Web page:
GREG’S RIGHT FIT NEWSLETTER #161
Quick notes to help you get more sales and marketing done in less time. . . next week.
In this issue:
– Techniques for FIT
– Being Human
– Random Stuff
Techniques for FIT
- Take the prospect’s point of view. What do they think when you’re trying to sell them something? At a high level, it’s probably, “Why are you here? It’s either to help me or you’re trying to help yourself.”
- How the prospect buys, following the logic above, is more important than how we market and sell. The more you understand how the prospect prefers to procure the outcomes you provide, the closer you are to helping them.
- Ears. That’s the pithy response to “how do we learn about how they want to buy?” Get out and listen.
- Stop worrying about the perfect sales process or the exact right language and start worrying about the gap between what you know about how your prospects buy, and what you want to know about how your prospects buy. Narrowing that gap is the key to finding sales techniques that FIT.
Being Human – Leadership sales metrics
An excerpt from my book, “The Human Being’s Guide to Business Growth.” If you need copies for your team, I have some . Send me an email.
Leadership Sales Metrics
It’s probably a good guess to say that your leadership team does not have sales metrics. And if your leadership team does have sales metrics, there’s a good chance they aren’t hitting them consistently. When I ask leadership teams about metrics more often than not, I hear, “We should do more of that.” Or “I’m really bad at making time for that, but I know I need to do it.”
The reason leadership metrics are important is because of culture. As we said at the start of this chapter about culture, we know our people are going to look for gaps between what we say and what we do. As Drucker says, culture will eat strategy for breakfast. To unleash the hidden power of your people for growth, start with the behaviors at the top.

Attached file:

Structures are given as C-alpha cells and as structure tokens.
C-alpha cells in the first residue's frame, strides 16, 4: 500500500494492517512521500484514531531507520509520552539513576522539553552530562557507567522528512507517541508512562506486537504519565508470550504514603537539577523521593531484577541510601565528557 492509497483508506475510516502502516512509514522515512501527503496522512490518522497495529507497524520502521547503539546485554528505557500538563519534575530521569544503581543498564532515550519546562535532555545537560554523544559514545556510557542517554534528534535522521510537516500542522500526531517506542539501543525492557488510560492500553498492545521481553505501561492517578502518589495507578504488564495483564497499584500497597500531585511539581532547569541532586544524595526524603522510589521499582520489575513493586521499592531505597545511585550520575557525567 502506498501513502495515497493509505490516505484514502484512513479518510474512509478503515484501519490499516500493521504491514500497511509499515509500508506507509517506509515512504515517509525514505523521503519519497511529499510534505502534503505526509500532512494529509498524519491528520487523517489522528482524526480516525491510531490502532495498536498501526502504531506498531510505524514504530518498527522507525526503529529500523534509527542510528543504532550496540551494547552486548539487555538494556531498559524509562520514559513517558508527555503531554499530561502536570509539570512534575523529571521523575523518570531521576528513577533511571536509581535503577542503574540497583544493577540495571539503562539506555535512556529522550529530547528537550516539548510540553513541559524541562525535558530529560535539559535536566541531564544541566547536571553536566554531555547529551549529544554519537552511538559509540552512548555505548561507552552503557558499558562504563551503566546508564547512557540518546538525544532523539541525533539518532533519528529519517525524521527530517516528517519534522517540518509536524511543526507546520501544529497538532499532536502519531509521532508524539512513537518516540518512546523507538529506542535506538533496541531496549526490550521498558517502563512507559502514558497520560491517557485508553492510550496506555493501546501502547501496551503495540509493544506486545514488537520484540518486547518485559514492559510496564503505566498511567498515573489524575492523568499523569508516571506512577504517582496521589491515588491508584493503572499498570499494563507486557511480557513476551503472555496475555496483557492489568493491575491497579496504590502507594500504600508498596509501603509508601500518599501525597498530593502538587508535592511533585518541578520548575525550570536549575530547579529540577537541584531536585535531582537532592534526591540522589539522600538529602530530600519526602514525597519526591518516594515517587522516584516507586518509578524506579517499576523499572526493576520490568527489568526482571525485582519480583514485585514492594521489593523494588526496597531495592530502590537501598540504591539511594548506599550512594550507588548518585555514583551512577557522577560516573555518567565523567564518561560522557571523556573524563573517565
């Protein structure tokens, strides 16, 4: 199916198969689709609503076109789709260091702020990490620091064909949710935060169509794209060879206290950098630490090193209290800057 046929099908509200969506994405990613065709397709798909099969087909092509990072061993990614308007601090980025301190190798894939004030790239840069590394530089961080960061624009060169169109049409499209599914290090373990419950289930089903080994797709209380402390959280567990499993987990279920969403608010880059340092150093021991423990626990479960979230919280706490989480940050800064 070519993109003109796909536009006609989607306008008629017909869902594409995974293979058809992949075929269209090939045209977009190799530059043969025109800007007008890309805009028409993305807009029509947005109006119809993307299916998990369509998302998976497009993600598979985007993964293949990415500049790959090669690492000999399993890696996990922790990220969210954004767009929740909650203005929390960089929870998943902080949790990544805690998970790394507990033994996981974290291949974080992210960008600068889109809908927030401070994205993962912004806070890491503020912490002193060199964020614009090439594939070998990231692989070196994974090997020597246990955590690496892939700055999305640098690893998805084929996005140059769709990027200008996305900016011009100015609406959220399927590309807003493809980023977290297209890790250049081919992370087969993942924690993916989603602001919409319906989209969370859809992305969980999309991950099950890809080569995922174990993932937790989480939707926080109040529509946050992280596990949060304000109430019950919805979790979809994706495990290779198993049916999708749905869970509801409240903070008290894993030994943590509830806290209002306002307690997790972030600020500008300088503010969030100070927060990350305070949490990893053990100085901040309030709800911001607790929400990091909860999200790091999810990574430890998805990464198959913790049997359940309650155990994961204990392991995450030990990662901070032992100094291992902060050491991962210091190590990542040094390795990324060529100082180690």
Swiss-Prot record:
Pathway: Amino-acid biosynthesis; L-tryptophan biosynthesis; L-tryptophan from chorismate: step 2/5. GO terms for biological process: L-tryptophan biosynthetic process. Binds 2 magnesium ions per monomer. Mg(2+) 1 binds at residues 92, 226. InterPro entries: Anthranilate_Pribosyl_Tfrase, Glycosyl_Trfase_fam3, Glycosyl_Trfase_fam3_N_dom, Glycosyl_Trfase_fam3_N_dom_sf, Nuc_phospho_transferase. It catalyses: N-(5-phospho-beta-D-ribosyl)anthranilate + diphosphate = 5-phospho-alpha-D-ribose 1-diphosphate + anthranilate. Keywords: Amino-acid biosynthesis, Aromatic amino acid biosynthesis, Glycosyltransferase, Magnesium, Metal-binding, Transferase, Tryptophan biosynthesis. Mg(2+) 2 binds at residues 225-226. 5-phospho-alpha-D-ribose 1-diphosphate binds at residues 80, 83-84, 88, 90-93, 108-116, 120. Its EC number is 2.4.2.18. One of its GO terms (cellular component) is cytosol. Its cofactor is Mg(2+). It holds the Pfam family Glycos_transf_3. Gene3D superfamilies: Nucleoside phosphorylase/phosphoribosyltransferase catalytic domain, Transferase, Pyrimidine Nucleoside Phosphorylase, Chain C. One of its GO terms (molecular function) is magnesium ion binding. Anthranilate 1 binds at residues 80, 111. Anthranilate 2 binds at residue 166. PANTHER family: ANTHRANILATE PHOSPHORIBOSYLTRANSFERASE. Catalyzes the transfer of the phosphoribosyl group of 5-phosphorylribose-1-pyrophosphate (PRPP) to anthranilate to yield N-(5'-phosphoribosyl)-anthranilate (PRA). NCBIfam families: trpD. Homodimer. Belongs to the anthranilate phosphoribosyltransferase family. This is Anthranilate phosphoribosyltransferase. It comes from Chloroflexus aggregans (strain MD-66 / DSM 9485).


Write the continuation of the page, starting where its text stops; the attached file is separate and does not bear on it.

To do this, we have to set metrics that can be hit and make a difference. Let’s define what leadership metrics look like because they will be different than traditional sales or marketing metrics. If we know that as human beings we’re happiest when we apply our strengths to tasks, that’s where we need to start. Your leadership team needs to know, you need to know, what their perceived character strengths are. Then you need to apply those strengths to business development activities that can be measured. It sounds simple because it is, but it’s not going to happen without effort.
Maybe it’s not funny
Inspired by that tiny Marie Kondo, I’m cleaning up my website this evening. Dog at my feet, wife reading on the couch, fire crackling. Over the years I’ve digitally piled up dozens of half-ideas and attempts at being clever. One web page jumps out among the clutter and memories come flooding back.
I put the page up in late 2015 as a result of some deep reading on exercising creativity. In all the pieces I consumed, I remember being struck by a recommendation to do a daily haiku. Getting into a regular habit of doing something creative, but also doing it within a constraint. I’m not sure where the idea of a three panel comic came from, but that became my vehicle. I knew every day was too much to ask for too. Once a week would be fine. I set a reminder in my calendar to remind me to take 15 minutes to work on this comic, made it recurring for a year and by the looks of it, kept up for, oh, 3 weeks.
Curious, I check my site’s analytics to see how many times that page with its three comics has been visited in the last 3+ years.
10 times. And 70% of those visits came in one month. In 2016.
I say out loud, “Only 10?”
“Only 10 what?” asks my wife.
“Only 10 visits to the page with those comics I made about 3 years ago.”
She turns the page in her magazine. “Maybe they’re not funny.”
I grit my teeth and think about that for a second, re-reading the comics over and over to myself.
Yep, I feel it. Definitely a spark of joy. I’m keeping them.
If you need to set up a time to visit, follow this link: